UK’s Financial Conduct Authority (FCA) criticised for considering the return of commission sales
The interim head of the FCA, Tracey McDermott, has been criticised by financial reform campaigners for mooting a return to the days of financial products being pushed by commission-driven sales staff.
Christophe Nijdam, secretary general of Finance Watch, said the move on commissions could be dangerous: “Consumers must know if they are dealing with an adviser or a sales person. Any adviser whose business model is overly dependent on a single product supplier – for example, because of commission payments – cannot give advice in the best interests of their clients.”
In an interview with BBC Radio 4’s Money Box programme earlier this month, Ms McDermott said she “wouldn’t rule out” allowing the retail industry to sell products on a commission basis again, even though banks have been hit with tens of millions in fines for mis-selling investments and insurance to the public during the boom years.
Critics said it was the latest example of a regulator apparently disregarding the painful lessons of recent years.
“This is dragging us back 10 years. The FCA might as well not exist the way things are going,” said John Mann, MP, a member of the Treasury Select Committee.
Richard Lloyd, executive director of the consumer group Which?, said: “The FCA appears to be sending conflicting signals. It has acknowledged the damaging role commission in financial advice has played in the past, and yet won’t rule out allowing its return. No one wishing to restore trust in financial services should want a return to the days when commission was hidden and incentivised mis-selling.”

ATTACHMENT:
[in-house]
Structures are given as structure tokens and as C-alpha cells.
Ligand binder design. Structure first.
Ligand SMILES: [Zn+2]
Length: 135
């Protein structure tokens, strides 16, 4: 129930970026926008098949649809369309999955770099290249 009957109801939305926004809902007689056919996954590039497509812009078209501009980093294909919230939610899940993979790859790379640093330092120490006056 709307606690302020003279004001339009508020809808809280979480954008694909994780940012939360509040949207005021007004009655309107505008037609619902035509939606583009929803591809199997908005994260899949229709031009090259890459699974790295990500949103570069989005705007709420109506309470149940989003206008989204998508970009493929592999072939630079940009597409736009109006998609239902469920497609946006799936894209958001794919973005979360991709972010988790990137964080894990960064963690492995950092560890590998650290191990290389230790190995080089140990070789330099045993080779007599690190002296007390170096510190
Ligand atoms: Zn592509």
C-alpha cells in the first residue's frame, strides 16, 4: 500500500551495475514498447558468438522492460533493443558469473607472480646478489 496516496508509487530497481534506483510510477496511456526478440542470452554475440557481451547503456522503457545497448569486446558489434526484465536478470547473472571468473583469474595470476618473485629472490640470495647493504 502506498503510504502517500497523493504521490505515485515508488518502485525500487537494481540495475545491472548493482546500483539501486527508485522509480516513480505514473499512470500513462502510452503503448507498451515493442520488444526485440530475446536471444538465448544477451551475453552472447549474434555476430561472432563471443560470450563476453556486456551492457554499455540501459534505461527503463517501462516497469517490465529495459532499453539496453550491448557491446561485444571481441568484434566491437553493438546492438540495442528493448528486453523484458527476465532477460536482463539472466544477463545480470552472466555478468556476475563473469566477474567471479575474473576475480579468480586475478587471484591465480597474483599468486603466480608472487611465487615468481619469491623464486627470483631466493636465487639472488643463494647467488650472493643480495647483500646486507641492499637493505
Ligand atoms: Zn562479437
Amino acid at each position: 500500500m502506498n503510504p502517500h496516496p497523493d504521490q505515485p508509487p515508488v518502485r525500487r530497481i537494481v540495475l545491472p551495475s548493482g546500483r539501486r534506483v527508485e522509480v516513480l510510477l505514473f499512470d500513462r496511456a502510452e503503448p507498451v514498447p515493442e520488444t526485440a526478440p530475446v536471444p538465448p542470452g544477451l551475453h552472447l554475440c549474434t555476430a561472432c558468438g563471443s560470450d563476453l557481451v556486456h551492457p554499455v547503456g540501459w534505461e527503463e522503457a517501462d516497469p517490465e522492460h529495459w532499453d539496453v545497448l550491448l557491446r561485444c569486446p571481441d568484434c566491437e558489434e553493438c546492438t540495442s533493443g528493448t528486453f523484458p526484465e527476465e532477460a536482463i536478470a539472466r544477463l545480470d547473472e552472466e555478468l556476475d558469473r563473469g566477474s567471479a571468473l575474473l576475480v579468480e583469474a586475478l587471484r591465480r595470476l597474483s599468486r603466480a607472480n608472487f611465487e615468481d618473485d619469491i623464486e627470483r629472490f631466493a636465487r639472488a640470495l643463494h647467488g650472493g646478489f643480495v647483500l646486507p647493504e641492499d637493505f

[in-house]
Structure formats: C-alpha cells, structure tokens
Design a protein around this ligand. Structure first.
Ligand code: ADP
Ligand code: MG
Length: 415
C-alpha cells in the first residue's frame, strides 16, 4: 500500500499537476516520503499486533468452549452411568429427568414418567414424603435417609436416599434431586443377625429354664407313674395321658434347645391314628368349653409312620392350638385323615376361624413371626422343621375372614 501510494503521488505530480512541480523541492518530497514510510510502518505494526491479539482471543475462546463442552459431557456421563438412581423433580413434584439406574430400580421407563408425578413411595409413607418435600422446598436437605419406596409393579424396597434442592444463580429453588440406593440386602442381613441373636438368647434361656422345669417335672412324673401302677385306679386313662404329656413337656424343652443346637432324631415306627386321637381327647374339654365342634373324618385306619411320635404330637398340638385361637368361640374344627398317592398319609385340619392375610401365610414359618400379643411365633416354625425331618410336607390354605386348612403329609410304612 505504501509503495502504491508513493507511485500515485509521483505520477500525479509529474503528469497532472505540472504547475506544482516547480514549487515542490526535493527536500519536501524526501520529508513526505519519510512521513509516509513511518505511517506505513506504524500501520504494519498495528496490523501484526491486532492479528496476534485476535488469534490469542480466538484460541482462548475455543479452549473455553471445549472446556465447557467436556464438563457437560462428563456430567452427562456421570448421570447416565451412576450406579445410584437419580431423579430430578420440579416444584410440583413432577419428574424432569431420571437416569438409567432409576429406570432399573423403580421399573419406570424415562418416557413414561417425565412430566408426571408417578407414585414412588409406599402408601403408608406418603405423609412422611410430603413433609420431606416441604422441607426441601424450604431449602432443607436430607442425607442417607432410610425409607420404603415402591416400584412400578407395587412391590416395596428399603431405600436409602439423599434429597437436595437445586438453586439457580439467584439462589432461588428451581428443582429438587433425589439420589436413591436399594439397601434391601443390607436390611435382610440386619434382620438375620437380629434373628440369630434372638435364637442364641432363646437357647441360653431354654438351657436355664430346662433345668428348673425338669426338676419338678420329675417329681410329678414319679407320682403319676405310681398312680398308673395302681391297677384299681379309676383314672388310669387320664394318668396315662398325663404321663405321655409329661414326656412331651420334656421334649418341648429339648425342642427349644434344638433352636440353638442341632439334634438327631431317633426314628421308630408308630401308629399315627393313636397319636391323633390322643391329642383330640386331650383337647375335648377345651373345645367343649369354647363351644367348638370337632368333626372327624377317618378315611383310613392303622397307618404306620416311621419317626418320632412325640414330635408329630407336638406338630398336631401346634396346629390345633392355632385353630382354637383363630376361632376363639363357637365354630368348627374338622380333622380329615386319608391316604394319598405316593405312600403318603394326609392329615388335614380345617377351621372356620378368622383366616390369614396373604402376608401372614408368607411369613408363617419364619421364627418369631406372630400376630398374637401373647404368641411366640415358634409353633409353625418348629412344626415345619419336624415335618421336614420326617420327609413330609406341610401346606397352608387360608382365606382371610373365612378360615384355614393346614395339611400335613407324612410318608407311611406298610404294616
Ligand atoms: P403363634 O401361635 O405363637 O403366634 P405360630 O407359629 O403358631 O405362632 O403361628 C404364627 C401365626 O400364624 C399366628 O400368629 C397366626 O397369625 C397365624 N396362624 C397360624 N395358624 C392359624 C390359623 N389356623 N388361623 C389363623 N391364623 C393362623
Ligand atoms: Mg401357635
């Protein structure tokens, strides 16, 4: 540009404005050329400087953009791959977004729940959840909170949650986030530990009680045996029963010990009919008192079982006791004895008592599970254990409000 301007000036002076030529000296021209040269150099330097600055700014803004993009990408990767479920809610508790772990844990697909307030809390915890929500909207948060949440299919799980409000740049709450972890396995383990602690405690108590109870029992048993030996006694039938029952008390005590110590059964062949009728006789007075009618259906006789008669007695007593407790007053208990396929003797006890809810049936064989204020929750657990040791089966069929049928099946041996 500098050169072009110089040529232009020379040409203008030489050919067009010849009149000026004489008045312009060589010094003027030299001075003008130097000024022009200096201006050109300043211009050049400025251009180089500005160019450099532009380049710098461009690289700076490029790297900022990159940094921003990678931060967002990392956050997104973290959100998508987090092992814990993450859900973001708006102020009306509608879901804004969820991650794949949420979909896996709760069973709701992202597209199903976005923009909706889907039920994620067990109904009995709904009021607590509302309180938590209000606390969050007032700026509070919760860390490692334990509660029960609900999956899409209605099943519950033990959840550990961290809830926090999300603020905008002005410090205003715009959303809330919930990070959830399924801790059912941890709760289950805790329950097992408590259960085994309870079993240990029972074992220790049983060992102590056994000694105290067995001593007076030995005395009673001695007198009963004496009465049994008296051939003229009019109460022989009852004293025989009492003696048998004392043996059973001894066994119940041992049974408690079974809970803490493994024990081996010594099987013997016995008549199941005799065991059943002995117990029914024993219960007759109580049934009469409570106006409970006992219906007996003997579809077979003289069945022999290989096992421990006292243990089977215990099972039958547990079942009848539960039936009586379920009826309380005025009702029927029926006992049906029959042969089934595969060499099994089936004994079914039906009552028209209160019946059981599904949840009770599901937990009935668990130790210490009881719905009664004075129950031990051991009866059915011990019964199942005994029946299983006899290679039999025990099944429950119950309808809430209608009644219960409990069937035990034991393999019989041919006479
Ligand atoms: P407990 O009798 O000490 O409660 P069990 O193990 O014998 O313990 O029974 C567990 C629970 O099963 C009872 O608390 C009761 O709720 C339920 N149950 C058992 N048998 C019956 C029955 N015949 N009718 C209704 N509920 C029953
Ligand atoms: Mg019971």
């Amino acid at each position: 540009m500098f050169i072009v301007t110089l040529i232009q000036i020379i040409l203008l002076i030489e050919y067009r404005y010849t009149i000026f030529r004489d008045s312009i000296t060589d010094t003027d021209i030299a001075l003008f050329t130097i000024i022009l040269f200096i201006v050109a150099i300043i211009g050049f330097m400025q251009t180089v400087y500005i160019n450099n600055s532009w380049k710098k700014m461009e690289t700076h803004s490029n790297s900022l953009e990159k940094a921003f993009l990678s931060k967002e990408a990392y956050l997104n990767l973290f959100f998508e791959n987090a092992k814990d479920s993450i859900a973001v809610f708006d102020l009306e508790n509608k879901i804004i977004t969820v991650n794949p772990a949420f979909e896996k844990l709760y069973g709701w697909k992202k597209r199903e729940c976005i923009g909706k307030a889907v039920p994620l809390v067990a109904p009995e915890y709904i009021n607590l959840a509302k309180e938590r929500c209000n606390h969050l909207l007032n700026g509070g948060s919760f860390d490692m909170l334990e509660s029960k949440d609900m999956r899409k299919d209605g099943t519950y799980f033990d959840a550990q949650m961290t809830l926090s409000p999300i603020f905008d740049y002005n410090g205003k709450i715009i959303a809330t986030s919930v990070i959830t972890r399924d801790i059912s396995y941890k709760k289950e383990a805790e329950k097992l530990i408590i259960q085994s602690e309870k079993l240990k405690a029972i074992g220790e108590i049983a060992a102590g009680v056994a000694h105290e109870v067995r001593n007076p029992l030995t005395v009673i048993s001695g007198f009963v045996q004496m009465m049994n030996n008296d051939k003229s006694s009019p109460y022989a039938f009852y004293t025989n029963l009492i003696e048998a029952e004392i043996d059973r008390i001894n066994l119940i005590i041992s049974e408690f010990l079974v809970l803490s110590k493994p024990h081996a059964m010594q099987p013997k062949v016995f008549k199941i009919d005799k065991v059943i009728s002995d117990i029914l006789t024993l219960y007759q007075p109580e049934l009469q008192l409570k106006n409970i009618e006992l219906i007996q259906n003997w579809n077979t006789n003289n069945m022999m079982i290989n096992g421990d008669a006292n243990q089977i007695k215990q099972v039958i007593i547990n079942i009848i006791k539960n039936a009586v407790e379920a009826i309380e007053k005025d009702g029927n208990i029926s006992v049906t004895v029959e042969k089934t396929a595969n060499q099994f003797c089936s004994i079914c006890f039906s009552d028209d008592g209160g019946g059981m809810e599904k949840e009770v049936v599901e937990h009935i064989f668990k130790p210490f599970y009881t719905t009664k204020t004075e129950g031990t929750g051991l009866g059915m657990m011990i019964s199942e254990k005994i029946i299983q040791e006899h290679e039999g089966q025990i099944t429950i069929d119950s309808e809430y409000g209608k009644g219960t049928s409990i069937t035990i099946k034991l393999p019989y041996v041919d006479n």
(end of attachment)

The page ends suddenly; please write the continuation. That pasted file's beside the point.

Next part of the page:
Ms McDermott, who this month ruled herself out as a candidate to take over the FCA chief executive job on a permanent basis, told the BBC’s Money Box she has set up an “expert panel” to consider whether to allow commission-based selling of investment products again.
In 2014 the FCA introduced a set of regulatory changes known as the Retail Distribution Review (RDR). This insisted that financial advisers charge retail clients upfront fees for their services, rather than accepting sales commissions from product providers. The logic was that commissions created an incentive for mis-selling.
Earlier this month, Santander said it would return to face-to-face UK retail investment advice – three years after it was fined £12.4m fine by the FCA for mis-selling that was linked to commissions.
In 2013 Lloyds was fined £28m by the FCA for mis-selling. Documents published by the watchdog revealed staff were earning points for each policy or investment they sold, and could be automatically promoted or demoted based on their sales performance. Such was the pressure that one adviser sold insurance to himself and his wife.
In her BBC interview Ms McDermott hit back at the claim the FCA had been pressured into easing up on the banks in the wake of the sacking of its tough former chief, Martin Wheatley, in July. “We’re not going soft on the banks,” she said. “We’re not being told what to do by the Government. ”
At Intelligent Investments, we share the belief that commission leads to a basis in financial advice. We have welcomed not only a move away, but a complete ban on commission based financial advice in developed markets such as the UK following RDR, and feel it is long overdue in international markets such as in South East Asia. Whilst local regulators in Hong Kong, and Singapore continue to flounder to follow suit, and have only recently required a disclosure of commission, we pride ourselves on providing independent, professional advice on a management fee basis, with complete transparency and disclosure of all fees and charges.